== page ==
From the Desk of Rick Siegel
For close to a decade I’ve been sending out emails relevant to my fight against the wrongful enforcement of The Talent Agencies Act and how it has compromised our profession.
Most of you knew I had my own crap, but I have never detailed just how devastating that enforcement has been on my life.
My company, through clients I had primary responsibility, lost millions in otherwise-owed commissions. My business went bust. I went bankrupt. I have been fighting to save my home for years, and the fight is not yet over. And while I am immensely proud of my current business endeavor (thegreengarmento.com), the journey led me to leave show business and personal management, a career I loved.
In 2002 I hired attorneys telling them that I thought unconstitutionally vague because there was no notice of penalty, and that’s the argument I wanted them to make. They didn’t.
Had they argued that because the Act has no penalty statute the Labor Commission has no right to impede a manager’s rights to contract, I would have gotten all of my owed money and you wouldn’t have had any worry about something similar ever compromising your businesses. There is clear law on this issue, and it has uniformly be decided that without notice of penalty, one cannot mete out penalties.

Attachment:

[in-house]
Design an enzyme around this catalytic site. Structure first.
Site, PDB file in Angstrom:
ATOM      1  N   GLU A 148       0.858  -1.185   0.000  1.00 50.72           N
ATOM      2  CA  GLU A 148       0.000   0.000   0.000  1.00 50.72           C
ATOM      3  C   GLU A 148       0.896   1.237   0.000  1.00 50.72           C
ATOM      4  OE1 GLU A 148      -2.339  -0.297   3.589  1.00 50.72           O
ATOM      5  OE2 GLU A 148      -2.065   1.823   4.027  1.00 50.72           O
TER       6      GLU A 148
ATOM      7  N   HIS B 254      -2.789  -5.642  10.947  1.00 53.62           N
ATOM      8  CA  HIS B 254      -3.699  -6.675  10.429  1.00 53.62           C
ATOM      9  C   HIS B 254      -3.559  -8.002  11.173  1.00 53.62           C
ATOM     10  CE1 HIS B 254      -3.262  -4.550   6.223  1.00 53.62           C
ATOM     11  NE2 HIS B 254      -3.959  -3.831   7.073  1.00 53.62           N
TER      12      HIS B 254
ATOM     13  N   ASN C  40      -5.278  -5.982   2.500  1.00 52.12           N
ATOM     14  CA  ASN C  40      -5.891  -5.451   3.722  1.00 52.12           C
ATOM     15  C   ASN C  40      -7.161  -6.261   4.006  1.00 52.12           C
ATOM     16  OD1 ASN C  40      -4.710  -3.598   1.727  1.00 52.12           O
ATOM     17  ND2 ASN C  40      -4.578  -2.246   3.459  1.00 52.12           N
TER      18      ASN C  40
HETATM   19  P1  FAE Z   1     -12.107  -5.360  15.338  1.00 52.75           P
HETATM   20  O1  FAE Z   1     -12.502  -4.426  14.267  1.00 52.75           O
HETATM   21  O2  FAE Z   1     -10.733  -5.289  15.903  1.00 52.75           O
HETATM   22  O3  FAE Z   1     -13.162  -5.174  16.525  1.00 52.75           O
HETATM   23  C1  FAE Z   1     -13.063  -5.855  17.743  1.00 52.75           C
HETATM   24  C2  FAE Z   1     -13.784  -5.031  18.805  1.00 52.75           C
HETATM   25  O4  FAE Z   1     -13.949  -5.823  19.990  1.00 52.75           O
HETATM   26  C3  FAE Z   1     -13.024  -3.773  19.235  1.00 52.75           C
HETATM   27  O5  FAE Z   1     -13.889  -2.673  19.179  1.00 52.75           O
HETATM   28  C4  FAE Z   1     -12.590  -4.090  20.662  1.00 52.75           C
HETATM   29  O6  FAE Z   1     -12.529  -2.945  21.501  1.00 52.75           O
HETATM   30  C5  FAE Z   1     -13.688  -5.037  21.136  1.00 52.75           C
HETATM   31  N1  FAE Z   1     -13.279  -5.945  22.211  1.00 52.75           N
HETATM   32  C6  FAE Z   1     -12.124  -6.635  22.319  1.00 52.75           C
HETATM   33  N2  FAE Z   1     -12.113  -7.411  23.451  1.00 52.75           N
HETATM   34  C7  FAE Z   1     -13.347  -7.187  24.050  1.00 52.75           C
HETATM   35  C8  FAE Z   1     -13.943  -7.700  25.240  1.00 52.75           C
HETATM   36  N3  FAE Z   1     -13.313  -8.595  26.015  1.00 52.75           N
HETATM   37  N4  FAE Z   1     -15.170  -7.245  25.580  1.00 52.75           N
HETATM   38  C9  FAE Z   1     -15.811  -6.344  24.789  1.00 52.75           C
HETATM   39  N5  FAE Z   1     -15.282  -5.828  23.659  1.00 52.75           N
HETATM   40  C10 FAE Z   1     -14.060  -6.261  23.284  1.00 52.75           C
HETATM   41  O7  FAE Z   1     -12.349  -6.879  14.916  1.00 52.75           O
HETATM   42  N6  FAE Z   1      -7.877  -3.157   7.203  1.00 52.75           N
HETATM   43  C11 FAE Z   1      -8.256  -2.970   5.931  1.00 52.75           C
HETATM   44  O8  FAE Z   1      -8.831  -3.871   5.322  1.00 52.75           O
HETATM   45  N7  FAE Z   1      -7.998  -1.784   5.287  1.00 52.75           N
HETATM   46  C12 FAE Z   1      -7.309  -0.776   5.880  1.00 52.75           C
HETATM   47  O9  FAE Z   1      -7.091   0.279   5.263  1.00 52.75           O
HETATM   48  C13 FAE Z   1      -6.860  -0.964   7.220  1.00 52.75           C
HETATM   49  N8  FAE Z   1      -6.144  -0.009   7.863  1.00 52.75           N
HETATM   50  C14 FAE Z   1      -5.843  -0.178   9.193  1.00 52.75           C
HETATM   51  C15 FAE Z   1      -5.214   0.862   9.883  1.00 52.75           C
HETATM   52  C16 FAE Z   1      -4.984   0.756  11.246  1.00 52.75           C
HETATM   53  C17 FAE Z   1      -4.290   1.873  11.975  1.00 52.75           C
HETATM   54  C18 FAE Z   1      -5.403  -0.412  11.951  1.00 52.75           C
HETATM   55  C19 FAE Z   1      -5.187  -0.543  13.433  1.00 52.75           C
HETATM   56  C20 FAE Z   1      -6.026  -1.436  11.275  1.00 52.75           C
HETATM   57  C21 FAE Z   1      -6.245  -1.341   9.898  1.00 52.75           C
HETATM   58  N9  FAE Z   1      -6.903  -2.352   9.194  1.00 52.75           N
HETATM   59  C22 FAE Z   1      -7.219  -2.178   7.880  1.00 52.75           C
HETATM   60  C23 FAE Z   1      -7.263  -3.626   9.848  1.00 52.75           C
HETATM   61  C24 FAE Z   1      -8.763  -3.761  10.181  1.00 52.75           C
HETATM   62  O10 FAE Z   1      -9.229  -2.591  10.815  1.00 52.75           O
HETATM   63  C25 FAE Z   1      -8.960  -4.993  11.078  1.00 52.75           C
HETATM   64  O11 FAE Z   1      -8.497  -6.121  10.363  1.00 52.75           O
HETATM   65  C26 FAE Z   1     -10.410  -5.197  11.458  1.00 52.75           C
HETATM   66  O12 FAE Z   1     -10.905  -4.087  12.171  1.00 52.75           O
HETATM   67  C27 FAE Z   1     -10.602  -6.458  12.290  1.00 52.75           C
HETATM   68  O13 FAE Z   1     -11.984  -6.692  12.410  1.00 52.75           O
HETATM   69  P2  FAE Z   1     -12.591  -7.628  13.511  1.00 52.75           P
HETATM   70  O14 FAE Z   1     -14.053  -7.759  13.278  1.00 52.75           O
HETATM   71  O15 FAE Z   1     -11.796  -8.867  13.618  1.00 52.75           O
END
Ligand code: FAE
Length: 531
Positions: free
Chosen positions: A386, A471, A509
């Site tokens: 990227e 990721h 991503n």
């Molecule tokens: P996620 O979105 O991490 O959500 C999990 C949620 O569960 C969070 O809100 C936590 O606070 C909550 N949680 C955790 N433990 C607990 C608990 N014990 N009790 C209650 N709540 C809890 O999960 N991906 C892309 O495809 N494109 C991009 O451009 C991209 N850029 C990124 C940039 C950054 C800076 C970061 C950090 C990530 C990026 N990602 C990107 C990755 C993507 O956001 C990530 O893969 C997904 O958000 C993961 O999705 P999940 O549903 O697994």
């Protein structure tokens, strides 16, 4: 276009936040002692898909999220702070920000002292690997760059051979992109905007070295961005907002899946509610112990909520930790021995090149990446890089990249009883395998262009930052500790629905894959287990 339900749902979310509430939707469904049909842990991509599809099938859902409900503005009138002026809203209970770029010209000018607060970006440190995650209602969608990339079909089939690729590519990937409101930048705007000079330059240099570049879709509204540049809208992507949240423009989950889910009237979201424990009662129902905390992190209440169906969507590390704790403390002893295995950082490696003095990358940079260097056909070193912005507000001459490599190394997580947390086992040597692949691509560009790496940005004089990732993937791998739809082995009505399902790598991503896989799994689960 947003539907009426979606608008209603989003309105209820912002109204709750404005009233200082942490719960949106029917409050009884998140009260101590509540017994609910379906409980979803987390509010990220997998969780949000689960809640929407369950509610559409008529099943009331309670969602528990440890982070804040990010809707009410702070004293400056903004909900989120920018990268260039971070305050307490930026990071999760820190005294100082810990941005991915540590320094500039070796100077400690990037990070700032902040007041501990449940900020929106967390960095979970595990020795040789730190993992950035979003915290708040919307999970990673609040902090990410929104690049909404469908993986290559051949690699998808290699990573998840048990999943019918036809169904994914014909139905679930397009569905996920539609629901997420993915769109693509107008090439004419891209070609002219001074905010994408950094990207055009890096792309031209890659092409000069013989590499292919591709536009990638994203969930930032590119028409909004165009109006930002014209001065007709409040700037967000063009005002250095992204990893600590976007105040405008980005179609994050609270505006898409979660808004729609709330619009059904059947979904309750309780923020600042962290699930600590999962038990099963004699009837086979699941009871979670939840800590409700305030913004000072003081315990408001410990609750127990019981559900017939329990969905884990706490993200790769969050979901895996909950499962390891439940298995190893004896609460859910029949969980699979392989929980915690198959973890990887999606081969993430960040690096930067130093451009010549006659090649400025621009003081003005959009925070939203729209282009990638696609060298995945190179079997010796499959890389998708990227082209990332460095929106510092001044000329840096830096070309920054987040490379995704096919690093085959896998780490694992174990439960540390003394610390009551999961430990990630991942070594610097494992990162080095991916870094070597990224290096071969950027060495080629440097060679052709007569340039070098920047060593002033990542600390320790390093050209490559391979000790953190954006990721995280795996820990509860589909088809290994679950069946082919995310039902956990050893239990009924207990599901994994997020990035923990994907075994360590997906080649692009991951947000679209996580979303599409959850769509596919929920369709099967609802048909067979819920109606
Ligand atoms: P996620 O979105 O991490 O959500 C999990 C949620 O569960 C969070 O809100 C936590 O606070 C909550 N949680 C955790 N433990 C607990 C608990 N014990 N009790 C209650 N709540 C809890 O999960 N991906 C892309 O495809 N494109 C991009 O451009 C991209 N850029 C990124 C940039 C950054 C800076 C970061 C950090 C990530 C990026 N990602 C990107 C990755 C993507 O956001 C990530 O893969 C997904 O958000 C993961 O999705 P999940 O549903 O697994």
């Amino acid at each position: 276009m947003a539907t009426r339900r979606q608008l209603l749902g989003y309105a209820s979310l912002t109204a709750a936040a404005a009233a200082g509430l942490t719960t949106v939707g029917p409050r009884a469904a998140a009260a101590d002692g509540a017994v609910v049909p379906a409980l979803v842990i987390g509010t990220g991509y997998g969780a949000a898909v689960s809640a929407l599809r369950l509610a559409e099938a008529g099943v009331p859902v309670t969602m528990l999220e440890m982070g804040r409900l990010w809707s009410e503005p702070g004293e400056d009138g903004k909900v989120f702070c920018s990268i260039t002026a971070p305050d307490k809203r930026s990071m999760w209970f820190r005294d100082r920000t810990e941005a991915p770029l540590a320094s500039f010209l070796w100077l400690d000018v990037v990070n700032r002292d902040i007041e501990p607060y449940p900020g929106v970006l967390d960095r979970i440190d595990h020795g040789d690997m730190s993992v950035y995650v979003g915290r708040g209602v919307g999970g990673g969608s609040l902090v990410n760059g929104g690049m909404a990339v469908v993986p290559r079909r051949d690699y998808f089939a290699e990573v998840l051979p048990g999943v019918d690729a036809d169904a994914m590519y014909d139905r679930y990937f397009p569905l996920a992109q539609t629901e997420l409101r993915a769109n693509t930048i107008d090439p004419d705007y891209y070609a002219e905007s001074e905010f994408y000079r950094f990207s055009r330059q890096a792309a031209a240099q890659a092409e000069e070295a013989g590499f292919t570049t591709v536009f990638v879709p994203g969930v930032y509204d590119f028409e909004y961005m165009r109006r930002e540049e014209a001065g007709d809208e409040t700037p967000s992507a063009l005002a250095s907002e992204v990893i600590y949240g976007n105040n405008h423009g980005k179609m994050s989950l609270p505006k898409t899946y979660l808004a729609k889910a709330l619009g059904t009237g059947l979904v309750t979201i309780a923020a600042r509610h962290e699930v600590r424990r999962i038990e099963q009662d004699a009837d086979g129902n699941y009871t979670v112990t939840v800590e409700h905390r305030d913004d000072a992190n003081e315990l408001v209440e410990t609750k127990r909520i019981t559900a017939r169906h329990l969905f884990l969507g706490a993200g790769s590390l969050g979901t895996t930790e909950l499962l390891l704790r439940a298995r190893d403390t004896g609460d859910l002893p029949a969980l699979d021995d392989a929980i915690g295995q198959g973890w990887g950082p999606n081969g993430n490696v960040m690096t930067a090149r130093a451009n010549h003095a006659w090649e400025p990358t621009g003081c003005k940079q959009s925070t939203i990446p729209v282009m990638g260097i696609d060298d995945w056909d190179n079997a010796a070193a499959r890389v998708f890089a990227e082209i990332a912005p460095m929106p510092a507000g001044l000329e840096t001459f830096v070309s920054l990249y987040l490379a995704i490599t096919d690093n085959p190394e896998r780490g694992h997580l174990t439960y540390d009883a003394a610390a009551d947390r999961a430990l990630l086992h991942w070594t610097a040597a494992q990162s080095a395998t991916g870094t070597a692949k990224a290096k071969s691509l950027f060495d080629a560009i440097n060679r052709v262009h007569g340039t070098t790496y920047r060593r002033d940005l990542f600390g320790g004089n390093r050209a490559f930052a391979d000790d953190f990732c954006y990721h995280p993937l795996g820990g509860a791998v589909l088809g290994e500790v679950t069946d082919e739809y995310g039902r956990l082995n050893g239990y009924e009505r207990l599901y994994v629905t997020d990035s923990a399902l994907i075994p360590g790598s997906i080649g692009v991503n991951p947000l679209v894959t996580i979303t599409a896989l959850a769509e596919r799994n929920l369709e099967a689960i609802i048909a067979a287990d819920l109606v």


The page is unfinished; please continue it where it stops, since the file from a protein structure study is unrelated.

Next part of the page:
In 2007 I initiated a malpractice action against my attorneys for their failure. The bad news is that it has still not resolved. The good news is that on September 8th, I have the opportunity to ask a Court not only to deal with the malpractice, but more important, to finally make a binding determination that even if you put up a sign saying “UNLICENSED PROCUREMENT OF ARTISTS’ EMPLOYMENT HERE,” the Labor Commissioner has no right to void or alter your client contracts.
The argument will be heard at the Ronald Reagan Building, 300 South Spring Street, 2nd Floor, North Tower, probably between 2:30 and 3. I hope you will come, or have someone in your office come.
Here’s why: I believe when we argued in front of this same court about severability, the attendance of personal managers — about thirty — caught the Justices’ attention and led to us winning that part of the argument. This time it’s for all the marbles: if the Justices rule, as they should, that without statutory authority there is no way a personal manager can be penalized for unlicensed procurement, show’s over. But the Court can rule for me and not make a ruling on the TAA — that’s why I beseech all of you to consider coming.
I have spent a decade working, at the sacrifice of my financial well-being and career, to make this law go away for the betterment of us all. I ask that you consider spending some of one afternoon giving the Justices notice that it’s important to all of us for this crap to end, once and for all. To those who have already benefited by tens/hundreds of thousands, even in the millions because of my work, I especially ask for your help through attendance.
Email me (firstname.lastname@example.org) or call me with any questions. And yes, I think even seat-fillers, if they look like and are dressed professional (no shorts, no t-shirts) would do the trick. Join me, and I know that this time our side will win.